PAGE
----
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By Venesha Johnson | Associate Writer
If you have ever been to Jamaica or even planning to come for a visit, one place that you have probably been recommended to visit is Devon House. While it is mostly known for its beautiful grounds, delicious ice cream and tasty pastries did you know it is also a historical site? This is all because of one great man, George Stiebel, Jamaica’s first black Millionaire.
While we do not know Stiebel’s exact date of birth we are certain it was within the year 1821, in Kingston Jamaica. His parents were Eliza Catherine Bailey, a Jamaican-born woman who appeared to be of African heritage, and Sigismund Stiebel (1790–1859), a man of the Jewish faith from Frankfurt, Germany, who moved to Jamaica to take advantage of a chance provided by the British. Despite being born into modest circumstances, Stiebel's upbringing was filled with the promise of greatness.
At age 14, Stiebel dropped out of school and began working as a carpenter. At age 19, he began working at the renowned Ferry Inn in Jamaica, which is located halfway between Kingston and Spanish Town. He was employed by the merchant firm owned by the Schloss/Stiebel family, but in the 1840s, his father provided him money so he could launch his own commercial activities. He used the funds to establish maritime travel between North and South America by purchasing one ship, then two more, in the future. He changed to the more lucrative armaments trade in Cuba's late colonial era, which is why he had to spend some time in jail.
His ships were sunk in a storm in 1856, but he escaped, and he was able to use the money he had saved up to begin a career as a peddler in Venezuela because apparently, he had secured it all in a leather belt. He started out trading gold and eventually bought a gold mine. He is reported to have found a gold mine with three other black guys, which is said to have produced 80,000 pounds sterling each month for several years. He held onto his shares while the rest sold theirs at exorbitant prices, and when the mine was ultimately capitalized for $16,000,000. he became a billionaire. The first black millionaire on the island, George returned to Jamaica in 1873 thanks to the success of his extremely lucrative business.
After his return, he leveraged his family's business connections and the knowledge he had gained abroad. He invested wisely in real estate and eventually, he bought 99 properties, including two sugar plantations, Great Salt Pond, a wharf on Church Street, and a cattle pen at Minard in the Saint Ann's Bay District. George Stiebel was able to construct his own Devon House there two years after the Church of England's ownership of the Devon Penn in Kingston, which had been granted to the Geneva preacher James Zeller in 1644, ended in October 1879. The 1881-built neoclassical mansion, which is situated in a park, is today one of Kingston's top tourist attractions.
George Stiebel's personal life was as intriguing as his financial success. He fell in love with Magdalene Baker, the daughter of a wealthy planter. Their love story transcended social norms of the time, and they married despite opposition from Magdalene's family. Their union was not only a romantic triumph but also a symbol of George Stiebel's growing prominence in Jamaican society. In 1851 he married Magdalene Baker (1825-1892), with whom he had children Sigismund (1852-1871) and Theresa (1856-1922).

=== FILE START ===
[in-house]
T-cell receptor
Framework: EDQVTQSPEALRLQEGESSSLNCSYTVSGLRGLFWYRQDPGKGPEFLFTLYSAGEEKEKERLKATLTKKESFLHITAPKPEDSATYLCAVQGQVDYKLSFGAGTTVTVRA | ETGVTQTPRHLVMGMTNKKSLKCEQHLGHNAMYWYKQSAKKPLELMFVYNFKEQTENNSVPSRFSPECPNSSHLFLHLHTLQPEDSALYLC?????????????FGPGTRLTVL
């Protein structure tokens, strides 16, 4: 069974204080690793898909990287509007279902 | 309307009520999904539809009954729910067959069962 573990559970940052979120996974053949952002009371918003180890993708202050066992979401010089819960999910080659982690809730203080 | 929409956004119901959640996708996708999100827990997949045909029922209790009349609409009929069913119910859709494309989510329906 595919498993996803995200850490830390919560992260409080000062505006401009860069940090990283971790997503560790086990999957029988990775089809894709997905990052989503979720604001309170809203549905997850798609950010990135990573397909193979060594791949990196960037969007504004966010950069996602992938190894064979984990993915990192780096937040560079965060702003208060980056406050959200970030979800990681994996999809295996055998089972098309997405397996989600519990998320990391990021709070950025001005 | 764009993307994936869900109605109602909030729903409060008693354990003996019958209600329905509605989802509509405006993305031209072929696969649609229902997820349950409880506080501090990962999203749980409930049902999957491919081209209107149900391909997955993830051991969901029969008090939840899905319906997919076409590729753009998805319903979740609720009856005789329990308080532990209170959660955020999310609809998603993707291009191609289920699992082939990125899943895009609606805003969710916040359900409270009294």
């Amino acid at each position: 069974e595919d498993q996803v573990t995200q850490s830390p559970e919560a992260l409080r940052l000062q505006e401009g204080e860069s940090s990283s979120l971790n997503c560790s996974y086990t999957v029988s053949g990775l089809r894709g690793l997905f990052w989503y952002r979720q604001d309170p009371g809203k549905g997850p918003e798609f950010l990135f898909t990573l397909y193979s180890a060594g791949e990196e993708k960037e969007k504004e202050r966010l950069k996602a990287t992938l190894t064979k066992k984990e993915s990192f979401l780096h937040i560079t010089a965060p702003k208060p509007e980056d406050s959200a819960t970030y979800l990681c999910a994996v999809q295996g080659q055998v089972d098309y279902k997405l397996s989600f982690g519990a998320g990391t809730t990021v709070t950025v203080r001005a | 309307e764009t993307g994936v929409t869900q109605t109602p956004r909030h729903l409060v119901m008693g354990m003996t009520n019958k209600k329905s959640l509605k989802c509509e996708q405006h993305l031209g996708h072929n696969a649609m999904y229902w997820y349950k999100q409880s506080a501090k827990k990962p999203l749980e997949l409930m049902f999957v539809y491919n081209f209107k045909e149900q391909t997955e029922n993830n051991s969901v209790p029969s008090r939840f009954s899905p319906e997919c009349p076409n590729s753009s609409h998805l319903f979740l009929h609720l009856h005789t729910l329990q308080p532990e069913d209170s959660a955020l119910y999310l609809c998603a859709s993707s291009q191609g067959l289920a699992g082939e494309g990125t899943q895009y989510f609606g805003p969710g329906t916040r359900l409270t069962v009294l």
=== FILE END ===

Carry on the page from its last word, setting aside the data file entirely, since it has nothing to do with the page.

In addition to becoming a successful businessman in Kingston, Stiebel was also involved in philanthropy and persisted in his attempts to better the social and economic circumstances in the nation. Additionally, he served as a justice of the peace and strongly supported the constitutional amendment of 1884 that allowed for the restoration of certain elected lawmakers to the Jamaican legislature. In his capacity as Custos of St. Andrew, he played a crucial role in securing money for the Great Exhibition of 1891, which was intended to boost island tourism. The British Queen Victoria awarded Stiebel the title of Companion of the Most Distinguished Order (C.M.G.) in appreciation for his services to the island.
Theophilus Beanswell saw George Stiebel pass away at Devon House on June 29, 1896, without any immediate family members present. His five grandkids were in England with his daughter, who was unable to make it to his funeral. He passed away a year after the passing of both his son-in-law Richard Hill Jackson (1845-1895) and grandson Douglas Jackson (1884-1895). They passed away at Devon House one week apart.
George Stiebel's life is a captivating tale of resilience, ambition, and the pursuit of dreams. From his humble beginnings to his rise as Jamaica's first millionaire, Stiebel's journey is a testament to the endless possibilities that await those who dare to dream big and work tirelessly to achieve their goals. His legacy is etched in the walls of Devon House, the thriving businesses he founded, and the lives he touched through his philanthropy. George Stiebel remains an enigmatic figure in our history, a symbol of what one can achieve with determination and vision. His story is not just intriguing; it's an inspiration for generations to come.
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